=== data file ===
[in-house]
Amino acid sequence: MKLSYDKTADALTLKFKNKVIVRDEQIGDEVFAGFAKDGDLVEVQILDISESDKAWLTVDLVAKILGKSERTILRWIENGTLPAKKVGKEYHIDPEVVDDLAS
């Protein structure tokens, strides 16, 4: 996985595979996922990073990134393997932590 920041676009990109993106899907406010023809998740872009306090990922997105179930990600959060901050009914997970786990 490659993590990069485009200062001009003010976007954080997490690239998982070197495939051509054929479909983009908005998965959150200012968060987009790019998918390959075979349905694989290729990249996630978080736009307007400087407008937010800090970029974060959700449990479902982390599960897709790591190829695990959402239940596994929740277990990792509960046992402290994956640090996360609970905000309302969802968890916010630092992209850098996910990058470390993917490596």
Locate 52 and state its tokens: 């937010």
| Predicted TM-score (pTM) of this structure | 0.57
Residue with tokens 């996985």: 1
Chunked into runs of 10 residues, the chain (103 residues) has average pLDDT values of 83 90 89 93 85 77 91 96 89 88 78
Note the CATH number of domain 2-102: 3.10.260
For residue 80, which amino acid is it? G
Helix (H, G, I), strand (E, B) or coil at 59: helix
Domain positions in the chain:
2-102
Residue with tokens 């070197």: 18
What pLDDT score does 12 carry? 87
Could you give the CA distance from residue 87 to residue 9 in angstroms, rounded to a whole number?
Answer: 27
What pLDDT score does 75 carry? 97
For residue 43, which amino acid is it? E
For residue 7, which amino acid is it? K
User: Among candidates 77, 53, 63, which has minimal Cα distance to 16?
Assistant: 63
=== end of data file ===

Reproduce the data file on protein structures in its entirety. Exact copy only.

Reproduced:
[in-house]
Amino acid sequence: MKLSYDKTADALTLKFKNKVIVRDEQIGDEVFAGFAKDGDLVEVQILDISESDKAWLTVDLVAKILGKSERTILRWIENGTLPAKKVGKEYHIDPEVVDDLAS
């Protein structure tokens, strides 16, 4: 996985595979996922990073990134393997932590 920041676009990109993106899907406010023809998740872009306090990922997105179930990600959060901050009914997970786990 490659993590990069485009200062001009003010976007954080997490690239998982070197495939051509054929479909983009908005998965959150200012968060987009790019998918390959075979349905694989290729990249996630978080736009307007400087407008937010800090970029974060959700449990479902982390599960897709790591190829695990959402239940596994929740277990990792509960046992402290994956640090996360609970905000309302969802968890916010630092992209850098996910990058470390993917490596």
Locate 52 and state its tokens: 């937010």
| Predicted TM-score (pTM) of this structure | 0.57
Residue with tokens 């996985």: 1
Chunked into runs of 10 residues, the chain (103 residues) has average pLDDT values of 83 90 89 93 85 77 91 96 89 88 78
Note the CATH number of domain 2-102: 3.10.260
For residue 80, which amino acid is it? G
Helix (H, G, I), strand (E, B) or coil at 59: helix
Domain positions in the chain:
2-102
Residue with tokens 């070197």: 18
What pLDDT score does 12 carry? 87
Could you give the CA distance from residue 87 to residue 9 in angstroms, rounded to a whole number?
Answer: 27
What pLDDT score does 75 carry? 97
For residue 43, which amino acid is it? E
For residue 7, which amino acid is it? K
User: Among candidates 77, 53, 63, which has minimal Cα distance to 16?
Assistant: 63